When new payment products are introduced to the market, executives need to understand whether it is a passing fad or whether they need to get on board with the new technology. Being an early adopter has its benefits, but being a fast follower may be more advantageous. The third position of adoption is being on the tail end of implementation and missing growth and revenue opportunities. In the landscape of person-to-person payments, the U.S. financial sector is on the cusp of being too late, with nonfinancial institutions increasing their digital payment capabilities and expansions into P2P sectors. With online P2P payments having been market available for almost 20 years, P2P payments are not a fad. A banker’s worst fear is coming true: Non-banking companies are winning consumers over with better experiences and doing payments better.
To avoid missing revenue opportunities, financial institutions need to make P2P payments a priority in 2019. When determining the payment mix strategy, executives have fiduciary responsibilities to ensure decisions made today will make positive impacts tomorrow. If P2P payments are not included in the payment strategy, future revenue growth is limited. P2P payments are not cannibalizing FIs’ existing revenue streams; in some cases P2P is already helping financial institutions that don’t have a strategy. But through abdication of a P2P strategy to consumer preference, financial institutions lose relevance in the market. This paper evaluates the key areas payment professionals need to consider as P2P becomes a component of a payment mix strategy.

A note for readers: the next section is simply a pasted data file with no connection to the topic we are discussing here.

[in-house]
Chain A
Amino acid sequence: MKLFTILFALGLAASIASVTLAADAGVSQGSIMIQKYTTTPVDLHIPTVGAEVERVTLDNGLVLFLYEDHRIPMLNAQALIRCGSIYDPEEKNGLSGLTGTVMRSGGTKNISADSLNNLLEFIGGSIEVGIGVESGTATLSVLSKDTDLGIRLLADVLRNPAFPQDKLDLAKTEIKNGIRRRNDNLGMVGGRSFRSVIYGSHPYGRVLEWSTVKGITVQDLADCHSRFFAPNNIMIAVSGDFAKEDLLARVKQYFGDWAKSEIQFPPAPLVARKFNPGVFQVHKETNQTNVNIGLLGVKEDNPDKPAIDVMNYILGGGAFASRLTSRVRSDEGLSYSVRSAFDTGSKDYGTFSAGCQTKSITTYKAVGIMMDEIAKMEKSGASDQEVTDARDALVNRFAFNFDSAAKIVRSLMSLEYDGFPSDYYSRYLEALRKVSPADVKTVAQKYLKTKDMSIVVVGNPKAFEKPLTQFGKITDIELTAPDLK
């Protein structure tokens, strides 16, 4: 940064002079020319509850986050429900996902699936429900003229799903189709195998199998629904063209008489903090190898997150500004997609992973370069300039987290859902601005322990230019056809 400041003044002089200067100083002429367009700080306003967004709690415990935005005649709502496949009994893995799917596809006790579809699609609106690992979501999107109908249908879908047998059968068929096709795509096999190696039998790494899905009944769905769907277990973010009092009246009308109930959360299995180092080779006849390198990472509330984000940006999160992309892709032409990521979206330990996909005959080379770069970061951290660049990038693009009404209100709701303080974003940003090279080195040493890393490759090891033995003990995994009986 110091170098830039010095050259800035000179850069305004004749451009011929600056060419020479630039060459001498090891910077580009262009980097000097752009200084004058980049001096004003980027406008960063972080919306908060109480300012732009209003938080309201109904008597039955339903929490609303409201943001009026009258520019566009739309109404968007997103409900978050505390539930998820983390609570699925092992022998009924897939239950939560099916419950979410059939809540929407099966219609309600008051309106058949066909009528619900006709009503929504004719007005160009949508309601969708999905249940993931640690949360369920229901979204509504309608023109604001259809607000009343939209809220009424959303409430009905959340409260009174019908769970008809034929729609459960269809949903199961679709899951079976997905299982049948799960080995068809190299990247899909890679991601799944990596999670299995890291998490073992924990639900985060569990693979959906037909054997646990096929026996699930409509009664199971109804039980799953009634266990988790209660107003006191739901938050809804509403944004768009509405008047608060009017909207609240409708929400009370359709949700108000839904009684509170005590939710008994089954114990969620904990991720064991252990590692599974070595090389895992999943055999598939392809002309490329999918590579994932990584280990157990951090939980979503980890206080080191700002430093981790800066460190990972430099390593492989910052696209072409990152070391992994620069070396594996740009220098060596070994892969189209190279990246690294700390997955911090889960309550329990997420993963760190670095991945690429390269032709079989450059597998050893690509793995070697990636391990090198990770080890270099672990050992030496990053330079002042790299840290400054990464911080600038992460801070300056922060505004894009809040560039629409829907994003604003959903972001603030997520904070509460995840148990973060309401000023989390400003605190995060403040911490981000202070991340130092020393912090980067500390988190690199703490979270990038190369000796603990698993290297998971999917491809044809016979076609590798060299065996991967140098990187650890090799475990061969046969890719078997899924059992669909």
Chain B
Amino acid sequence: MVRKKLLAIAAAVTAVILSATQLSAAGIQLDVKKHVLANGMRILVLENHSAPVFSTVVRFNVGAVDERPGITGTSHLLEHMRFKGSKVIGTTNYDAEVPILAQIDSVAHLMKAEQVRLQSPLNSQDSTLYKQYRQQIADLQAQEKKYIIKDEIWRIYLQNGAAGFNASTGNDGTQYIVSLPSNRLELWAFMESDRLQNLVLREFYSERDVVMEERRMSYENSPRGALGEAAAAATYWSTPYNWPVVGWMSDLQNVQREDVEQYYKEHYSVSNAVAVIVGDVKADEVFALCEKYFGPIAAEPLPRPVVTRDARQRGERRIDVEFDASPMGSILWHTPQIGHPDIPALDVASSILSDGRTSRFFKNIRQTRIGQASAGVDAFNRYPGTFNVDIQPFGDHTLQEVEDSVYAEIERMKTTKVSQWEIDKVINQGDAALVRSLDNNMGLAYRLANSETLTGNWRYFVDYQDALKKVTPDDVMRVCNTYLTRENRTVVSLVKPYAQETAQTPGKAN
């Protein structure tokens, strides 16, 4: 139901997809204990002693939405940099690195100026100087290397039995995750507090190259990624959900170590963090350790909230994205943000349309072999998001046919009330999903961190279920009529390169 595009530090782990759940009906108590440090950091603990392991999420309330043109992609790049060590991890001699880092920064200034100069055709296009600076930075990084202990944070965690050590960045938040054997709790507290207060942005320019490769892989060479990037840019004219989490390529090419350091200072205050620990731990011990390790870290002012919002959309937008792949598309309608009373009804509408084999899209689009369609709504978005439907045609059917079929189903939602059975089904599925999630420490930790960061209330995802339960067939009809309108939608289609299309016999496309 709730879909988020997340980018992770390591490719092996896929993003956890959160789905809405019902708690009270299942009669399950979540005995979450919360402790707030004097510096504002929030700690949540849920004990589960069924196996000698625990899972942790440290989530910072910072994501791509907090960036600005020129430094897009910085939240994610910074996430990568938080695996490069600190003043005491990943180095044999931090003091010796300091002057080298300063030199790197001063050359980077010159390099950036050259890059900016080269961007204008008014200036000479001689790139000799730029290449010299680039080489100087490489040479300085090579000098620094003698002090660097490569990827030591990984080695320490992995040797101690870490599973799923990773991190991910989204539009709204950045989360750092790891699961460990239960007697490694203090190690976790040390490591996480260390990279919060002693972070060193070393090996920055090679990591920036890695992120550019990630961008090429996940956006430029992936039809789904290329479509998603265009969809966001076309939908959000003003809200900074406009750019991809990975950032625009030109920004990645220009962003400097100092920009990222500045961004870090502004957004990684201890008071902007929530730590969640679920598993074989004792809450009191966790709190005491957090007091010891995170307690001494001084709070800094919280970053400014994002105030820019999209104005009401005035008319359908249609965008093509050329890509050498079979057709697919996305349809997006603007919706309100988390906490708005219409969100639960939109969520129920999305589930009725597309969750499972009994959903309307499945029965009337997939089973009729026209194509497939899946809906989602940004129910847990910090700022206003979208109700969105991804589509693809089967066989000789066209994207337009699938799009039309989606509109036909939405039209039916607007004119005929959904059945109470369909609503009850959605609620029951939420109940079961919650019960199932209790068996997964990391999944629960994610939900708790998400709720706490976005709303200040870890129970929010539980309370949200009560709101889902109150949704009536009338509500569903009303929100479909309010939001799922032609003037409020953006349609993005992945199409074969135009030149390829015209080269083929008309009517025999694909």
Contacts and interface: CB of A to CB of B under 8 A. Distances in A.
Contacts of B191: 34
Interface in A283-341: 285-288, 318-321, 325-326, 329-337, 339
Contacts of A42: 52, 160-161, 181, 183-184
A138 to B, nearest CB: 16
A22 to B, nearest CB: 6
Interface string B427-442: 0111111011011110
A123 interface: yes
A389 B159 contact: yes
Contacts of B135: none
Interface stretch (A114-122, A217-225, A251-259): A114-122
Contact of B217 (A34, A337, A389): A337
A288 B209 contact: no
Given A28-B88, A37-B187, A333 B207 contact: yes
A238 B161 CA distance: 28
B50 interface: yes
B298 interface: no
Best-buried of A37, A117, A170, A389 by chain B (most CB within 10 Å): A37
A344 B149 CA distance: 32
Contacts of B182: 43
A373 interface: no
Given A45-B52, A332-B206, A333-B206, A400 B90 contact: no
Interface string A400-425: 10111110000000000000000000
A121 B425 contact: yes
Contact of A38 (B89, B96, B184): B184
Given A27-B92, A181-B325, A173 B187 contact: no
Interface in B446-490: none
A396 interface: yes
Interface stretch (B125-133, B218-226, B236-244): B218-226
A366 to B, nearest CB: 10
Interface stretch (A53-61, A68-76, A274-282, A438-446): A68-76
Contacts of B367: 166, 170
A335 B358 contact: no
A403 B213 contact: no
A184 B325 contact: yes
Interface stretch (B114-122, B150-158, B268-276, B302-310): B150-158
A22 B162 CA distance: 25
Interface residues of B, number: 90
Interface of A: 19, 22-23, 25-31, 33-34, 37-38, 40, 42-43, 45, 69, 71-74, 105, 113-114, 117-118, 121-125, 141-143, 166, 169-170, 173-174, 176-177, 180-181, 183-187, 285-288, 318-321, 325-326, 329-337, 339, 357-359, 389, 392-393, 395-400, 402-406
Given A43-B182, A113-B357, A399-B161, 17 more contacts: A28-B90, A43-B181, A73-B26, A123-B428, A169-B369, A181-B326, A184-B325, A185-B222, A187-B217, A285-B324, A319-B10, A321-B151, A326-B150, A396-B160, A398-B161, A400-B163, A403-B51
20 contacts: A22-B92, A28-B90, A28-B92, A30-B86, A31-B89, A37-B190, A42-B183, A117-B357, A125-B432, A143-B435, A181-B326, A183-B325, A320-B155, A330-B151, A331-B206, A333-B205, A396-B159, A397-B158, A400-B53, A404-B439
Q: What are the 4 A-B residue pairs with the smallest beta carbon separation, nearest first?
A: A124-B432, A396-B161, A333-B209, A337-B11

Key questions discussed in this report:
- Who uses person-to-person payments?
- What options do financial institutions have available?
- What are best practices to increase adoption and utilization?
- How is a business case evaluated to determine whether P2P should be a component of the payment mix strategy?
Companies Mentioned: ACI, FICO, PayPal, NICE, SHAZAM, Square, Venmo, WeChat, Zelle
Consumer data in this report is based on information gathered in a Javelin survey administered in 2018. Data was gathered and weighted to reflect a representative sample of the adult U.S. population:
- A random-sample panel of 10,768 consumers in a June/July 2018 online survey. The margin of sampling error is ± 0.94% at the 95% confidence level.